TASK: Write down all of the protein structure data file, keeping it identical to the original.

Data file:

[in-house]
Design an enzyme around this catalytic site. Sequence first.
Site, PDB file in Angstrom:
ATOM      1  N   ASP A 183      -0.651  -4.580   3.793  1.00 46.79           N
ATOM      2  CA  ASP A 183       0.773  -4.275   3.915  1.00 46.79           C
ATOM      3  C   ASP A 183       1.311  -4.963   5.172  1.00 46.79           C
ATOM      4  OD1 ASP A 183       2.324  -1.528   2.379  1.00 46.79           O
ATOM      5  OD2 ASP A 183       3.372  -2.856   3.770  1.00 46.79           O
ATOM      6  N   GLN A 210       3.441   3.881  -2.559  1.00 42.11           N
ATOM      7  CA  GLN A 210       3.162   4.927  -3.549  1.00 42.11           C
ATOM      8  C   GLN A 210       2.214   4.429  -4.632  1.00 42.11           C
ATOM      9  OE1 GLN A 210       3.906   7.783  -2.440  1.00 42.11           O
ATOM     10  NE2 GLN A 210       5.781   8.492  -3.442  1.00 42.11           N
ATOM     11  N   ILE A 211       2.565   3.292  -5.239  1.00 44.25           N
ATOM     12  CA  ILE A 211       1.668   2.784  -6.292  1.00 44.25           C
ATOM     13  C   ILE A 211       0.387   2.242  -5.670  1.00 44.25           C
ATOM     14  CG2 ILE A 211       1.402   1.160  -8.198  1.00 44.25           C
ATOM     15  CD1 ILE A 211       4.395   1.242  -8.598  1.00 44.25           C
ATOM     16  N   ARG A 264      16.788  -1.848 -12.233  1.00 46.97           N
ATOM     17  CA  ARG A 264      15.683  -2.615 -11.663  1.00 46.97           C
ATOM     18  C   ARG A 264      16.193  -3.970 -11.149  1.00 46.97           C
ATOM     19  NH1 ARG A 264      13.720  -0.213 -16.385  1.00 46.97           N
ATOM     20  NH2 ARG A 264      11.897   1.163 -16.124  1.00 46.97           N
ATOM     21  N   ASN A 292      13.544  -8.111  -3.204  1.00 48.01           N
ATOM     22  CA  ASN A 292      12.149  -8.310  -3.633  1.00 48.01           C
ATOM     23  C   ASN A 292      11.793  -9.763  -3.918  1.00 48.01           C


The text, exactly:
[in-house]
Design an enzyme around this catalytic site. Sequence first.
Site, PDB file in Angstrom:
ATOM      1  N   ASP A 183      -0.651  -4.580   3.793  1.00 46.79           N
ATOM      2  CA  ASP A 183       0.773  -4.275   3.915  1.00 46.79           C
ATOM      3  C   ASP A 183       1.311  -4.963   5.172  1.00 46.79           C
ATOM      4  OD1 ASP A 183       2.324  -1.528   2.379  1.00 46.79           O
ATOM      5  OD2 ASP A 183       3.372  -2.856   3.770  1.00 46.79           O
ATOM      6  N   GLN A 210       3.441   3.881  -2.559  1.00 42.11           N
ATOM      7  CA  GLN A 210       3.162   4.927  -3.549  1.00 42.11           C
ATOM      8  C   GLN A 210       2.214   4.429  -4.632  1.00 42.11           C
ATOM      9  OE1 GLN A 210       3.906   7.783  -2.440  1.00 42.11           O
ATOM     10  NE2 GLN A 210       5.781   8.492  -3.442  1.00 42.11           N
ATOM     11  N   ILE A 211       2.565   3.292  -5.239  1.00 44.25           N
ATOM     12  CA  ILE A 211       1.668   2.784  -6.292  1.00 44.25           C
ATOM     13  C   ILE A 211       0.387   2.242  -5.670  1.00 44.25           C
ATOM     14  CG2 ILE A 211       1.402   1.160  -8.198  1.00 44.25           C
ATOM     15  CD1 ILE A 211       4.395   1.242  -8.598  1.00 44.25           C
ATOM     16  N   ARG A 264      16.788  -1.848 -12.233  1.00 46.97           N
ATOM     17  CA  ARG A 264      15.683  -2.615 -11.663  1.00 46.97           C
ATOM     18  C   ARG A 264      16.193  -3.970 -11.149  1.00 46.97           C
ATOM     19  NH1 ARG A 264      13.720  -0.213 -16.385  1.00 46.97           N
ATOM     20  NH2 ARG A 264      11.897   1.163 -16.124  1.00 46.97           N
ATOM     21  N   ASN A 292      13.544  -8.111  -3.204  1.00 48.01           N
ATOM     22  CA  ASN A 292      12.149  -8.310  -3.633  1.00 48.01           C
ATOM     23  C   ASN A 292      11.793  -9.763  -3.918  1.00 48.01           C